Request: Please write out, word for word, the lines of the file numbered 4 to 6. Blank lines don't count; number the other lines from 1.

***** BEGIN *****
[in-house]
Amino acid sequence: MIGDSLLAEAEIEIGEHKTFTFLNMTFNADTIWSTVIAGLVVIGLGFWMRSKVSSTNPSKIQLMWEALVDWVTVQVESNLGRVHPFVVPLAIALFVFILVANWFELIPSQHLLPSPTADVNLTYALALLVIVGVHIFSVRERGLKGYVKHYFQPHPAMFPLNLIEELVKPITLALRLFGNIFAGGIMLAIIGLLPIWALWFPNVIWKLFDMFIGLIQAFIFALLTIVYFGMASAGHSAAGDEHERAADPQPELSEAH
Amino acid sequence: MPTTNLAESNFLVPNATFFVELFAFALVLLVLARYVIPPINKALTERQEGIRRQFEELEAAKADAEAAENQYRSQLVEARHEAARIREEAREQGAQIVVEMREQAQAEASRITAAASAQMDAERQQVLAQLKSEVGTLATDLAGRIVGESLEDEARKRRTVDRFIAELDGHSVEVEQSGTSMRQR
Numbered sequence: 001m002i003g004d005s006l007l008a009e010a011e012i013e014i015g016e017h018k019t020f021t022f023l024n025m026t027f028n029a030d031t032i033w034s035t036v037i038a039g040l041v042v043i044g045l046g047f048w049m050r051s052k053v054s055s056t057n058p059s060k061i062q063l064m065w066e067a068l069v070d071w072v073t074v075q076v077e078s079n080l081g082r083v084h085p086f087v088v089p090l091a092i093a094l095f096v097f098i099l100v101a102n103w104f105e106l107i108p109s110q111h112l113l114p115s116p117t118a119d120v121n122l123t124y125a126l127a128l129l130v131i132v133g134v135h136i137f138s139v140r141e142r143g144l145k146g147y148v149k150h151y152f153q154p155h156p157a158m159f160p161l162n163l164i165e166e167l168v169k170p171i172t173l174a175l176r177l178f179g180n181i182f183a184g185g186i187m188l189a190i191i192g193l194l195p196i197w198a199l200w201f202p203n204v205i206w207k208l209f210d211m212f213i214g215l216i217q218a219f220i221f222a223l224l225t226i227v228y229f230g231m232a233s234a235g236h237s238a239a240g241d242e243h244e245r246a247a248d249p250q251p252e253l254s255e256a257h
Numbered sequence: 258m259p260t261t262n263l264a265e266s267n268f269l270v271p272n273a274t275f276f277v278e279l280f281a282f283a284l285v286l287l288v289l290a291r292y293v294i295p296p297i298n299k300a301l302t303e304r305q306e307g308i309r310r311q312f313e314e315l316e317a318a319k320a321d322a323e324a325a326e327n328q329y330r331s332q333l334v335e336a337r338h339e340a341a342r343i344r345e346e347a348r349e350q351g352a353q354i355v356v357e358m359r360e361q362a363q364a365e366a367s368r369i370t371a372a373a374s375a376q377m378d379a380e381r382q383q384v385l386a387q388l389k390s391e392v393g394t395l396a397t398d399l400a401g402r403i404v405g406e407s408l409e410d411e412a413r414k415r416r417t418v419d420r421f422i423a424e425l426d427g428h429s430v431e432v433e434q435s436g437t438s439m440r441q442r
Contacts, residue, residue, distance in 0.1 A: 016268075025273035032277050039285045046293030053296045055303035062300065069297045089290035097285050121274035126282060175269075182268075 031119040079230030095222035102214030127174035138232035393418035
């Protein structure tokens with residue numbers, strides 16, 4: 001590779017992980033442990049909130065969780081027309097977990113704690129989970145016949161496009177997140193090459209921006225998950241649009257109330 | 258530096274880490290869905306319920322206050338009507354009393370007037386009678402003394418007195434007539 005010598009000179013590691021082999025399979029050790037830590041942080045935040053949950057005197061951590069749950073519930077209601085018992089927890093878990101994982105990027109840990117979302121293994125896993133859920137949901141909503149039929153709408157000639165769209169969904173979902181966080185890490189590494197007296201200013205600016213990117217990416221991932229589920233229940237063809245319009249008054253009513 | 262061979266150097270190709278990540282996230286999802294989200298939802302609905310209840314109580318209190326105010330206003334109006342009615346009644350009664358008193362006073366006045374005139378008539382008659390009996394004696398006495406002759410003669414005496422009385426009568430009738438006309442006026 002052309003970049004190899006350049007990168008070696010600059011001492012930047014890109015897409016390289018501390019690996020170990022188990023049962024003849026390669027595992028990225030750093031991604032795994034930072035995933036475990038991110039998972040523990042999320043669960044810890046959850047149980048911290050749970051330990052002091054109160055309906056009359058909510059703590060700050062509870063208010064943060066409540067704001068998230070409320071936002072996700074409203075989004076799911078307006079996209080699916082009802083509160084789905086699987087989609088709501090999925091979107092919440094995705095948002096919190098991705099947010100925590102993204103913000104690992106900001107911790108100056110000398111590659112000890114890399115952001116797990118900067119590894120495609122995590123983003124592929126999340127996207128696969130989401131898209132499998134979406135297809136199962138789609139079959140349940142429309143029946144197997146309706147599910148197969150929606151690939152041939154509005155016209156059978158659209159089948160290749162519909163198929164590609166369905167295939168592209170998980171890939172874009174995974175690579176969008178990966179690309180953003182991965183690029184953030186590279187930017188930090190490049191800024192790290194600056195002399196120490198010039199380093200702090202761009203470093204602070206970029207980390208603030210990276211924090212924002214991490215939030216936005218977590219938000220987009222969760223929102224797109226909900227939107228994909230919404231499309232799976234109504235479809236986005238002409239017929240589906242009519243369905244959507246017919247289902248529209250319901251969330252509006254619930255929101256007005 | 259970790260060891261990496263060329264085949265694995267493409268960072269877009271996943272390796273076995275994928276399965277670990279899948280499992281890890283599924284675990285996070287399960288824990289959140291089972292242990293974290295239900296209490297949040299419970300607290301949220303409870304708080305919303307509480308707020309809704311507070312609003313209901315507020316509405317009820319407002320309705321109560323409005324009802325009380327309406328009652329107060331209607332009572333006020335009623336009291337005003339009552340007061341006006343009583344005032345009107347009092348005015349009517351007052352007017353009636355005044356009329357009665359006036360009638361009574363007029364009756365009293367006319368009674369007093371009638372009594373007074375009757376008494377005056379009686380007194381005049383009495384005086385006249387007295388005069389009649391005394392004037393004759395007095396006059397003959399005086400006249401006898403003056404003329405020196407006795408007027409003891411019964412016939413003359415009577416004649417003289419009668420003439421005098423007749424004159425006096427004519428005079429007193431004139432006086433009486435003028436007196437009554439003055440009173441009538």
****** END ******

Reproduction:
Numbered sequence: 001m002i003g004d005s006l007l008a009e010a011e012i013e014i015g016e017h018k019t020f021t022f023l024n025m026t027f028n029a030d031t032i033w034s035t036v037i038a039g040l041v042v043i044g045l046g047f048w049m050r051s052k053v054s055s056t057n058p059s060k061i062q063l064m065w066e067a068l069v070d071w072v073t074v075q076v077e078s079n080l081g082r083v084h085p086f087v088v089p090l091a092i093a094l095f096v097f098i099l100v101a102n103w104f105e106l107i108p109s110q111h112l113l114p115s116p117t118a119d120v121n122l123t124y125a126l127a128l129l130v131i132v133g134v135h136i137f138s139v140r141e142r143g144l145k146g147y148v149k150h151y152f153q154p155h156p157a158m159f160p161l162n163l164i165e166e167l168v169k170p171i172t173l174a175l176r177l178f179g180n181i182f183a184g185g186i187m188l189a190i191i192g193l194l195p196i197w198a199l200w201f202p203n204v205i206w207k208l209f210d211m212f213i214g215l216i217q218a219f220i221f222a223l224l225t226i227v228y229f230g231m232a233s234a235g236h237s238a239a240g241d242e243h244e245r246a247a248d249p250q251p252e253l254s255e256a257h
Numbered sequence: 258m259p260t261t262n263l264a265e266s267n268f269l270v271p272n273a274t275f276f277v278e279l280f281a282f283a284l285v286l287l288v289l290a291r292y293v294i295p296p297i298n299k300a301l302t303e304r305q306e307g308i309r310r311q312f313e314e315l316e317a318a319k320a321d322a323e324a325a326e327n328q329y330r331s332q333l334v335e336a337r338h339e340a341a342r343i344r345e346e347a348r349e350q351g352a353q354i355v356v357e358m359r360e361q362a363q364a365e366a367s368r369i370t371a372a373a374s375a376q377m378d379a380e381r382q383q384v385l386a387q388l389k390s391e392v393g394t395l396a397t398d399l400a401g402r403i404v405g406e407s408l409e410d411e412a413r414k415r416r417t418v419d420r421f422i423a424e425l426d427g428h429s430v431e432v433e434q435s436g437t438s439m440r441q442r
Contacts, residue, residue, distance in 0.1 A: 016268075025273035032277050039285045046293030053296045055303035062300065069297045089290035097285050121274035126282060175269075182268075 031119040079230030095222035102214030127174035138232035393418035